Ask Washington Capitals forward Marcus Johansson about which specific areas of his game that he would like to improve and he will often respond by pointing to his on-ice assertiveness.
Entering his fifth NHL season, which begins Thursday against the Montreal Canadiens, that particular assessment has not changed.
"I'm thinking I'm going to try to take the puck to the net a little more and shoot a little more," Johansson said Tuesday during the Capitals' annual media luncheon. "I think I've always been a pass-first guy, but sometimes you need to score yourself and shoot and create stuff from shooting. That's something I'm trying to get into my game a little more."
Johansson has established himself as an productive puck distributor. At 5-on-5 last season, he ranked second among his teammates with 19 assists, a team-leading 16 of which were primary. He also led the Capitals in what since-shuttered website ExtraSkater.com referred to as "setup passes," a rough estimate of passes that directly led to a shot attempt.
The 24-year-old, though, was historically ineffective in terms of goal-scoring. He became the first player in NHL history to play at least 1,400 minutes and score two or fewer even-strength goals. In all, he has scored five 5-on-5 goals over the past two seasons despite primarily playing with Alex Ovechkin and Nicklas Backstrom, two of the NHL's premier offensive catalysts.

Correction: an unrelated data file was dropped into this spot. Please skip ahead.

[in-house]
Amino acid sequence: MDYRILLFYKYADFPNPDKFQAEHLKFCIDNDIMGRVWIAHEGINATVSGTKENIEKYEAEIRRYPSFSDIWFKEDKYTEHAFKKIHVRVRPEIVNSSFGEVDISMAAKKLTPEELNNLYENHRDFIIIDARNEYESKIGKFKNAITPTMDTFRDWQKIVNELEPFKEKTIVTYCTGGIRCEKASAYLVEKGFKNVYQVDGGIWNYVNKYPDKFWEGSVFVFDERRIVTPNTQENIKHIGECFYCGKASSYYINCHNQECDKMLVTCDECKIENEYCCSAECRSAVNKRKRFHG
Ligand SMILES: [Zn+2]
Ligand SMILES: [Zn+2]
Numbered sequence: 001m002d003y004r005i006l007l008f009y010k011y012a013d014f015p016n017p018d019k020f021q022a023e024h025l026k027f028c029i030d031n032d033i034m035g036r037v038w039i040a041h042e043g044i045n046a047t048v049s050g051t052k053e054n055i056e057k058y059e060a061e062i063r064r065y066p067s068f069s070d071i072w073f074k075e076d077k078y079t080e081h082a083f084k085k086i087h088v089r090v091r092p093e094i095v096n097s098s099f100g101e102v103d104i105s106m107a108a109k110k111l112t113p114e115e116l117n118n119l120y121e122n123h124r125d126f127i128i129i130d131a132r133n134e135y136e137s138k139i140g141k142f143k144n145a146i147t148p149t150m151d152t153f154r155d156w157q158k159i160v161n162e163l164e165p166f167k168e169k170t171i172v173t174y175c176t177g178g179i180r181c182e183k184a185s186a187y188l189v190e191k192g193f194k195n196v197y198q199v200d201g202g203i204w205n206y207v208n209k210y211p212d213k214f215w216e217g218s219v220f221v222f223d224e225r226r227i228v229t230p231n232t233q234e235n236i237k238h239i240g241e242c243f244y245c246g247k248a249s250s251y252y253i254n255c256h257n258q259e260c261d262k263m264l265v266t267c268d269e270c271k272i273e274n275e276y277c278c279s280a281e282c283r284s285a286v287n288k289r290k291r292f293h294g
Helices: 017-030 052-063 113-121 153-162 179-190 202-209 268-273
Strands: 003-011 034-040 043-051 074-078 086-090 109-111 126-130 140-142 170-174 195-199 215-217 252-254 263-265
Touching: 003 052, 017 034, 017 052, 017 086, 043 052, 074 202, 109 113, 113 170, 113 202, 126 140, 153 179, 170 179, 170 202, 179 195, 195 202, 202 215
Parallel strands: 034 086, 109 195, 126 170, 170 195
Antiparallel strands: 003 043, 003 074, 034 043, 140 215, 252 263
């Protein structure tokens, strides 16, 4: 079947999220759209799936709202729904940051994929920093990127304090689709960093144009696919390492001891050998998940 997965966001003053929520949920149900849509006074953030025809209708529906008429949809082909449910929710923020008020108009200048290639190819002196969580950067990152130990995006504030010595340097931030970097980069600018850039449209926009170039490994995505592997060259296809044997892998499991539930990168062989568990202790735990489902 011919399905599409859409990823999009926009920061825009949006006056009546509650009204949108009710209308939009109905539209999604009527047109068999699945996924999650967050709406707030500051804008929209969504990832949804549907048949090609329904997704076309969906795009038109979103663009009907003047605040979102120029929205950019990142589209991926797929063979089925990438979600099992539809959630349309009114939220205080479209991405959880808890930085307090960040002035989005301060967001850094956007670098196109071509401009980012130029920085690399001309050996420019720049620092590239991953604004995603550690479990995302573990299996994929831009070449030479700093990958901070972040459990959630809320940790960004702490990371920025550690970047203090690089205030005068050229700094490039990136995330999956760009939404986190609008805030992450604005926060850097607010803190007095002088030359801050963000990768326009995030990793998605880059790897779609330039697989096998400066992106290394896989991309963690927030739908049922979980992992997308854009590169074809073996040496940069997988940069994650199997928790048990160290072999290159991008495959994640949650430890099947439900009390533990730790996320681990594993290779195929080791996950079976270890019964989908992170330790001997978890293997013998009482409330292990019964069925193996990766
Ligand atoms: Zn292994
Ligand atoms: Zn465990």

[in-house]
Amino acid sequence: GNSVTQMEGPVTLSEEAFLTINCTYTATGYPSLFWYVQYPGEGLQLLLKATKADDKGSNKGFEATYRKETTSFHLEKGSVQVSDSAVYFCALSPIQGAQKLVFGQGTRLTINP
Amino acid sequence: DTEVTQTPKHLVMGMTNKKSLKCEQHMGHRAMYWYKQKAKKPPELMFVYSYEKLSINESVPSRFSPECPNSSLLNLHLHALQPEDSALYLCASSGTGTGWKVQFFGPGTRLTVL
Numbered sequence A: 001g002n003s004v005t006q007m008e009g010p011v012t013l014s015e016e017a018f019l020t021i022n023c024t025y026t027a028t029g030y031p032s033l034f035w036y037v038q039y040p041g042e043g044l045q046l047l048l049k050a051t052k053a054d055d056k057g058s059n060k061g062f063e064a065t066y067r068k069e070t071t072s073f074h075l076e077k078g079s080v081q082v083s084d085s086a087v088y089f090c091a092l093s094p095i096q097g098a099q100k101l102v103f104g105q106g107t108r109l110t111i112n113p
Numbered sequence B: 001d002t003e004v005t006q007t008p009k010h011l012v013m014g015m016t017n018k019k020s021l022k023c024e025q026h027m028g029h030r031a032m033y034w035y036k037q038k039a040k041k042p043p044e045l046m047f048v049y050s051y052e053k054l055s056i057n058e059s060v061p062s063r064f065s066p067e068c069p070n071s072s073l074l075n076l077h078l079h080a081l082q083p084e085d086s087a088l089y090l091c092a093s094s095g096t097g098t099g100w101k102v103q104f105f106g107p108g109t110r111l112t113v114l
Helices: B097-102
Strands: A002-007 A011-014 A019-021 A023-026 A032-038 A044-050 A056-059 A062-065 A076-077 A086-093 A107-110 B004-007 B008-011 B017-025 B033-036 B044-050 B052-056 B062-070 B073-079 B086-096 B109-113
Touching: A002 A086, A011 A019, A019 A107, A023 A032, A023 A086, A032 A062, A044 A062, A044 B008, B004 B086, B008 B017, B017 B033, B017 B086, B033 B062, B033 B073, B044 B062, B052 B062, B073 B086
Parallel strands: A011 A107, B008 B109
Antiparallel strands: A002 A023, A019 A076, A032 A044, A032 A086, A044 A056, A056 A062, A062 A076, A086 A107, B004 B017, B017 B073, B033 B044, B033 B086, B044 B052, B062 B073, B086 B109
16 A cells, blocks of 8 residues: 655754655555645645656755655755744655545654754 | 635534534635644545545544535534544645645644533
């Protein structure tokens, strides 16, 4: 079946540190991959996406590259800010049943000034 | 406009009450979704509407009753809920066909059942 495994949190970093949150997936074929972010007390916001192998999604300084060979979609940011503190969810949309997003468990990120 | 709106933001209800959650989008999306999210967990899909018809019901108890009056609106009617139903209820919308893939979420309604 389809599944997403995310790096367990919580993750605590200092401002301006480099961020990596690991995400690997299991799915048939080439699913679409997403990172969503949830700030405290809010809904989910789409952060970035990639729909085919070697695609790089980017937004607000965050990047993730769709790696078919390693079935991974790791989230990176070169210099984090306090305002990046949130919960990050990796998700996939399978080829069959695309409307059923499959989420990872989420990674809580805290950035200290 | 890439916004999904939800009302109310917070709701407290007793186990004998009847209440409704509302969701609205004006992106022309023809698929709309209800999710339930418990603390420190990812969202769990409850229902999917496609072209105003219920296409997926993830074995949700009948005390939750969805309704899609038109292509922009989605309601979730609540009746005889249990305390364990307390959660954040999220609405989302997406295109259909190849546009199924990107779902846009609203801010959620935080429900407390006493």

Of course, his two-year average (2012-14) of 4.11 5-on-5 shots per 60 minutes, which ranks 139th out of 141 forwards with at least 1,500 minutes of ice time, may have something to do with that.
"He's been a little bit of a pass-first player and it shows in his goal totals," coach Barry Trotz said. "I need Marcus to pull the trigger a little bit more than he has. And he will. He's going to get some good looks and I've seen him shoot the puck, so I know he can score some goals for us."
The Capitals expect the fleet-footed Johansson to attain that long sought-after assertiveness by relying on his smooth-skating ability to create scoring chances.
"For me, Marcus is about speed. You should be able to notice his speed every night," general manager Brian MacLellan said. "If he doesn't pop out at you speed-wise, I don't think he's going to be an effective player. We'd like to see him skating and backing off defensemen with opportunities to shoot the puck as a result of that speed."
Throughout his career, Johansson has proven, albeit sporadically, that he is capable of more confident play. To display that style more consistently, he admits that he will have to reprogram his on-ice mindset.
"Naturally, it comes that I try to find another guy," said Johansson, who will start the season playing on the second line with rookie center Andre Burakovsky and right wing Troy Brouwer. "The game is so quick right now, it's a shoot-first league and you have to take that into your game.
"It's something I'm excited about. It's not bad to score more goals."
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